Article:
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Revenue Under IFRS 15 – What’s New and What’s Not

By Helen Lloyd

Companies preparing IFRS accounts have had a reasonably quiet time over the past few years, with not many changes to IFRS.

But for 2018, the landscape has seen a dramatic shift, with a set of three new standards arriving: IFRS 15 on revenue and IFRS 9 on financial instruments, both effective for periods beginning on or after 1 January 2018, and IFRS 16 on leasing coming in one year later. In this piece we will look at the main changes in revenue accounting, with others to follow on the other two new standards.

First, we can notice that the structure of the guidance on revenue has changed. IFRS 15 now covers all revenue accounting, so that means no more IAS 18 (Revenue), IAS 11 (Construction contracts) or the Interpretations that went with them.  Where before, the way to approach the accounting depended on what kind of income stream it was, all revenue sources are now treated under the same five step model:


  1. Identify the contract with a customer
  2. Identify all the individual performance obligations within the contract
  3. Determine the transaction price
  4. Allocate the price to the performance obligations
  5. Recognise revenue as these obligations are fulfilled

While all of the steps seem straightforward, each has complicated elements. For instance in step 1, two legally separate contracts might need to be treated as one for accounting purposes, and in step 2 there could be many distinct performance obligations, some of which can be clearly identified separately and some of which are inextricable from each other. The transaction price (in step 3) is usually quite simple to determine, though IFRS 15 gives rules on how to treat discounts and related arrangements. But allocating the price to separate obligations can be very difficult, for instance when a product is sold with a maintenance agreement: this is quite simple if the product is often also sold as a standalone item, because that gives a clear price for that component, but if it is always sold bundled with some type of contract or with other products, then skilled work is needed to split the two out. And this matters for step 5, since revenue for delivering a product will be recognised as soon as the obligation is met (i.e. the product is delivered) but for a maintenance contract it will need to be spread in some way over the period.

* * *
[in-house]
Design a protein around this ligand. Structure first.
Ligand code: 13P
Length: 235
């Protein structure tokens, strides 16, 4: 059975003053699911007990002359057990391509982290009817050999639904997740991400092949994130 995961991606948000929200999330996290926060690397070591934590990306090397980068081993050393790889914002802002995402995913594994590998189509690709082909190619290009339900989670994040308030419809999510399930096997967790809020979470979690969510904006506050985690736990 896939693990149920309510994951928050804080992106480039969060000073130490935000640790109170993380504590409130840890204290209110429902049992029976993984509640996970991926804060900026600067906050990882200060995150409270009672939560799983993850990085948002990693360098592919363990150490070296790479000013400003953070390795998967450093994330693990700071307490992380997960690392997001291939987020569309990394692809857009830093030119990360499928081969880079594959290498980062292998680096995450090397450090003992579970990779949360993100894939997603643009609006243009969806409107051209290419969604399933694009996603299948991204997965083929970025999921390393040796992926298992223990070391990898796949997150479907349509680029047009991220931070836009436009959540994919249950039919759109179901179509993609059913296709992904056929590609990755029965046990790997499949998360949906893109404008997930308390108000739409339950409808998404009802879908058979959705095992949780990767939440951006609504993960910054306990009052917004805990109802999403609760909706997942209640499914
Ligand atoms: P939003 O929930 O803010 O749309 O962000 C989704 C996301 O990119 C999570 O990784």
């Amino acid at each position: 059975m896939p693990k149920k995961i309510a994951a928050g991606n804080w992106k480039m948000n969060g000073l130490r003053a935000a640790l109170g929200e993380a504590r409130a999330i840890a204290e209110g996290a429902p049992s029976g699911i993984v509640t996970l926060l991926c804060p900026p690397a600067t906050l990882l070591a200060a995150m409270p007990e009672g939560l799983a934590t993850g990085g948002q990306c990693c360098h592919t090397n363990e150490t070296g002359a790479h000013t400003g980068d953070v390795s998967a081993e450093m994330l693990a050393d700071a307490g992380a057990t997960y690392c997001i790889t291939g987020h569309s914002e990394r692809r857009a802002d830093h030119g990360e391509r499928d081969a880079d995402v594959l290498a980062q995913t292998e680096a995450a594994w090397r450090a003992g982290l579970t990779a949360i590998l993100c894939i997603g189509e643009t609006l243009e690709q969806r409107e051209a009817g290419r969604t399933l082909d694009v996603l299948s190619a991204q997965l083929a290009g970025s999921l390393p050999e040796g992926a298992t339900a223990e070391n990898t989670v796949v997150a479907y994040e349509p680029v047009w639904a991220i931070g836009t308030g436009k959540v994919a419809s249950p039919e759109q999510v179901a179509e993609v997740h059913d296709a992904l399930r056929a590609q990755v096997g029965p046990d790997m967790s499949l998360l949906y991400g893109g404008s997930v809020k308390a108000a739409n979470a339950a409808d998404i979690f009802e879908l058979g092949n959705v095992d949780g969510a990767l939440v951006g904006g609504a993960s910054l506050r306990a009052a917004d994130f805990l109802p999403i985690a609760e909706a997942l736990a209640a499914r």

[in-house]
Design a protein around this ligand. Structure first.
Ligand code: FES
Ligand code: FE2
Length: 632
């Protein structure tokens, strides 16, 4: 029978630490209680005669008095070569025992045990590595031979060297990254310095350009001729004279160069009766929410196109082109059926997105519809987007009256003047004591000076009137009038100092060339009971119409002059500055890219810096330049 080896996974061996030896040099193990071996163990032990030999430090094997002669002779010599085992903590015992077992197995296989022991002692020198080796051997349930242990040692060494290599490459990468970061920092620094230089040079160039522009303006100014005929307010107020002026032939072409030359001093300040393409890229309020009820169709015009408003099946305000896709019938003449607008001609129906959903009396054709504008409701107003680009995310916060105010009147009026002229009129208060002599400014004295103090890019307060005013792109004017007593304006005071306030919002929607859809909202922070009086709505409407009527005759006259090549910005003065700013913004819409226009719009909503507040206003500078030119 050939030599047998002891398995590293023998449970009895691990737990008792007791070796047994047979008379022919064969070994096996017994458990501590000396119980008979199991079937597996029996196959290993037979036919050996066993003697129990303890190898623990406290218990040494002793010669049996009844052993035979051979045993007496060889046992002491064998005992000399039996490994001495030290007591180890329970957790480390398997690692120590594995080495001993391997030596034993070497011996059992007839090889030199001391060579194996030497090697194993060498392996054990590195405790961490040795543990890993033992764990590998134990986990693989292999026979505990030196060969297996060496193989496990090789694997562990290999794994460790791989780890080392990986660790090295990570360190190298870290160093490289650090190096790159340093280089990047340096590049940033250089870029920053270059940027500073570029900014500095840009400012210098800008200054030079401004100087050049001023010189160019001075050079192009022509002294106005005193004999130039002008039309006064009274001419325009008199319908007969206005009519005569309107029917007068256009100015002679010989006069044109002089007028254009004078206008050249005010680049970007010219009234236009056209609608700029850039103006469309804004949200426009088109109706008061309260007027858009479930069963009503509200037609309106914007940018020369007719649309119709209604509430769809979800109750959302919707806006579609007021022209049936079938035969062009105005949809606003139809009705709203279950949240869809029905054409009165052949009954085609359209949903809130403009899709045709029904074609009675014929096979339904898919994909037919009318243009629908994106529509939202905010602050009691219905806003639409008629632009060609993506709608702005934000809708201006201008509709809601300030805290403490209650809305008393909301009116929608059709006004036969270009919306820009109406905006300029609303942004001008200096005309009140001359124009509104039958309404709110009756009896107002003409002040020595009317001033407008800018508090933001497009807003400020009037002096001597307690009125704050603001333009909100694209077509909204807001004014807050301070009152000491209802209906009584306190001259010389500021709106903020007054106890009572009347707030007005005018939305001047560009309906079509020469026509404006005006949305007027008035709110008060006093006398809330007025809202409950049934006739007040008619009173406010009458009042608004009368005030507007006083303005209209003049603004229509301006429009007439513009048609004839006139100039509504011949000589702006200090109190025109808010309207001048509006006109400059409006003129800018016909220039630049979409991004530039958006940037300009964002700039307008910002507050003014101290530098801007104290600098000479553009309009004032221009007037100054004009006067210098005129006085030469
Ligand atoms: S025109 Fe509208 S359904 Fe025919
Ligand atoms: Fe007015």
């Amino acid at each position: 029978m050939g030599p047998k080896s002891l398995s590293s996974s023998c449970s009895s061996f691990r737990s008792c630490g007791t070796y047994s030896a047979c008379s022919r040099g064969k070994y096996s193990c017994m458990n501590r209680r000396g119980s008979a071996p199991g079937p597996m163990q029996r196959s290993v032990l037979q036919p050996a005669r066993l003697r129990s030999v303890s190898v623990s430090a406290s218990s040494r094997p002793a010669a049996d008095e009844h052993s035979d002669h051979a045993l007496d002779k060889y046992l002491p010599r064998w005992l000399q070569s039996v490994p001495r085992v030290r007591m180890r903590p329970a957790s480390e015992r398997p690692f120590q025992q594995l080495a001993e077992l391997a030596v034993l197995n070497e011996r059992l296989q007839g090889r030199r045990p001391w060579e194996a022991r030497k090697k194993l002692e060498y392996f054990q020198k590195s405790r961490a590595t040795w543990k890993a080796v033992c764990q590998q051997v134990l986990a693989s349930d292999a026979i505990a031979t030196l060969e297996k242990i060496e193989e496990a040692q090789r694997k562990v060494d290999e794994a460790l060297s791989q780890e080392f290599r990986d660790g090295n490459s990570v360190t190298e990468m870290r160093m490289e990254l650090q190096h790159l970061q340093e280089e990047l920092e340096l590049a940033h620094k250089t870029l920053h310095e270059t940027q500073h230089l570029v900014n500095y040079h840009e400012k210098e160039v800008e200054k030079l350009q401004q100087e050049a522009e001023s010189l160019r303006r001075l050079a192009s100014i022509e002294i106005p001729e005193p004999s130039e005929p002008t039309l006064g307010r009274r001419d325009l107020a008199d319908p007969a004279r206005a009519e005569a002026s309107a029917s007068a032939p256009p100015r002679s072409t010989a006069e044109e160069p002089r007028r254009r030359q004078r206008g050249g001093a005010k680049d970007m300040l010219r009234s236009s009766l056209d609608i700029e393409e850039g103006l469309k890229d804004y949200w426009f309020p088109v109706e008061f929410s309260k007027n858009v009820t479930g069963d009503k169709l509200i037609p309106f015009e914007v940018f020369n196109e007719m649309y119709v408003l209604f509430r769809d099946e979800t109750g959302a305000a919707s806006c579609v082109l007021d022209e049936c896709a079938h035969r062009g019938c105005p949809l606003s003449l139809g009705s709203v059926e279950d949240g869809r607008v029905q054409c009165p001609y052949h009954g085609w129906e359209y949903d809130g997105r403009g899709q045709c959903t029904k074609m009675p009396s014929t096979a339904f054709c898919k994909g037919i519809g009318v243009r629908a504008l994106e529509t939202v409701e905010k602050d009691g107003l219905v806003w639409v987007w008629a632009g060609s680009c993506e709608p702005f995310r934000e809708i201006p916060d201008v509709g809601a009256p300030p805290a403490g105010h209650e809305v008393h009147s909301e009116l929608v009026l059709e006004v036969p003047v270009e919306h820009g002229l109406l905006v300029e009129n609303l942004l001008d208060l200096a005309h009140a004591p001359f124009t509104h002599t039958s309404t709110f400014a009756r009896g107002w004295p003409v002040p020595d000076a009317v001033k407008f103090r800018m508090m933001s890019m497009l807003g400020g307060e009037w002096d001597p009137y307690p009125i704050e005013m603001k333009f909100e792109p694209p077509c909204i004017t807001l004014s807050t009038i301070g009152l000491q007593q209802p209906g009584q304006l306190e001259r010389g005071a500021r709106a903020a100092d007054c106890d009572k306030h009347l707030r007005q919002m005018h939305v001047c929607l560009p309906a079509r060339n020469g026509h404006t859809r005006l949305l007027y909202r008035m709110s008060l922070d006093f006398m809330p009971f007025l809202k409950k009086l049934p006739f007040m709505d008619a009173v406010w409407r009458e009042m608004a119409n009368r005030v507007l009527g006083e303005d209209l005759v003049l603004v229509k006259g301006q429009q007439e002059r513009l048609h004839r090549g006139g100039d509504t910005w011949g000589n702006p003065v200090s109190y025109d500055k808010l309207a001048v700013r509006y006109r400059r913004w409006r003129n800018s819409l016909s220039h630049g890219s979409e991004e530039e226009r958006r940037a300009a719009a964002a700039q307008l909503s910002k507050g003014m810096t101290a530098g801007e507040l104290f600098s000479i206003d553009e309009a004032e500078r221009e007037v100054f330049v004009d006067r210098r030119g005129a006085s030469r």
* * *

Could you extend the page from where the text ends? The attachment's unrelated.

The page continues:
Spreading revenue is itself another can of worms, so companies providing services need to look at whether these are delivered at distinct points over the period, or continuously over the time of the contract (e.g. providing backup at four board meetings a year versus making available a 24/7 phone line for a year).

The sector most likely to need to make substantial changes is the construction industry, where an obligation to build a house (for instance) is probably not met until the point it is finished. So although work may be performed over a sustained period, and under IAS 11 revenue would usually have been recognised through that period, the default under IFRS 15 would be not to recognise that income until the work is complete and the performance obligation (delivering a completed house) is satisfied. This is a simplification, of course, and shows how important it will be to understand exactly what the obligations to the customers are (and whether, for instance, the customer would have right to take ownership of a half-built house part way through the process).

Even for those with less dramatic likely changes though, revenue policies will need careful review and there will be a challenging time for preparers and auditors getting used to this different way of thinking.

 

May 2018 

 

Disclaimer
This article is published with the understanding that SWAT UK Limited is not engaged in rendering legal or professional services. The material contained in this article neither purports, nor is intended to be, advice on any particular matter. This article is an aid and cannot be expected to replace professional judgment. SWAT UK accepts no responsibility or liability to any person in respect of anything done or omitted to be done by any such person in reliance, whether sole or partial, upon the whole or any part of the contents of this article.